without large headset pose delta between the frames.
The global illumination uses probes that store irradi-
ance and the distance to geometry to textures. In all
visualizations, materials have diffuse color, specular,
and reflection factors in use. Moreover, area light has
a color and a size in 3D. We use AABBs as the shape
for area light sources.
3.4 Scene Setup
We made two main test scenes to test our implemen-
tation. In Figure 7 we have an image from our gen-
eral test scene. This scene is opened in more detail in
measurements chapter. In Figure 8 we have the visual
quality scene that was used to understand the resolu-
tion curve, texture sizes, and the level of detail (LOD)
levels during the implementation phase of the system.
The headset used at the measurements was Varjo XR-
1. PC used to run the headset has a single Nvidia
GeForce RTX 2080 Ti with NVidia 445.75 drivers,
Real-time Human Eye Resolution Ray Tracing in Mixed Reality
Figure 6: Sample image from the final frame buffer. Viewports showing the foveated rendering low resolution (at top) and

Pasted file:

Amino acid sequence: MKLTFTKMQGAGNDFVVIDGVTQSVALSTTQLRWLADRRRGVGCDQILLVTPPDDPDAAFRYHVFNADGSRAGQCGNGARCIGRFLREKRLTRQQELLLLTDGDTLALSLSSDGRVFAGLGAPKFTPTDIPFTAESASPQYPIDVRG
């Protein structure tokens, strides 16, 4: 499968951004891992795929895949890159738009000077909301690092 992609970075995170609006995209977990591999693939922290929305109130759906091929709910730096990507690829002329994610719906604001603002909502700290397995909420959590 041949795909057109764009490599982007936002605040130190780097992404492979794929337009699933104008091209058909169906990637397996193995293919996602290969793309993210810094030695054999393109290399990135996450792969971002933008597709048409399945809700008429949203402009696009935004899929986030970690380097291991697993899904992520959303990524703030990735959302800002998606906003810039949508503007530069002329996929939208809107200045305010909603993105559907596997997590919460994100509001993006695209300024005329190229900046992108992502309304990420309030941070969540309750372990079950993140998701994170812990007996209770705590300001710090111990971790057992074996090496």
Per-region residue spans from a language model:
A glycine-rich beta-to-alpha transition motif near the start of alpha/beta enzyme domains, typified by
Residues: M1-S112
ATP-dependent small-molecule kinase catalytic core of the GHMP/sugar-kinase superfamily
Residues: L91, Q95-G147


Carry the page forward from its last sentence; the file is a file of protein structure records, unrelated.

high resolution (at bottom) buffers used for displays on a head mounted display. Background shows polar coordinate debug
coloring having 15 degree tiles.
Figure 7: Mixed reality test scene used for the performance
measurements. Picture is taken so that the camera can over-
see the whole the scene. The pink color is used for visu-
alization purposes for the mixed reality video see through
area. The virtual shadows being cast and captured can be
seen in the image as darkened areas. Test scene fits inside a
2.5 meters tall, 5 meters wide, and 10 meters long bounding
Intel i9-9960X @ 3.1 GHz CPU and Windows 10 op-
erating system. In next subsections we go through the
test scene used, the visual quality of different lighting
settings and the frame creation times measured with
different settings. It is important to note that we ren-
dered full screen content and in mixed reality the ren-
dered content is not usually filling the whole display
Figure 8: Test scene used to understand the resolution
curve, the texture sizes, and LOD levels for models and their
textures. When seated, the test images are filling the whole
field of view.
4.1 Test Setup
We used scene shown in Figure 7 to measure our solu-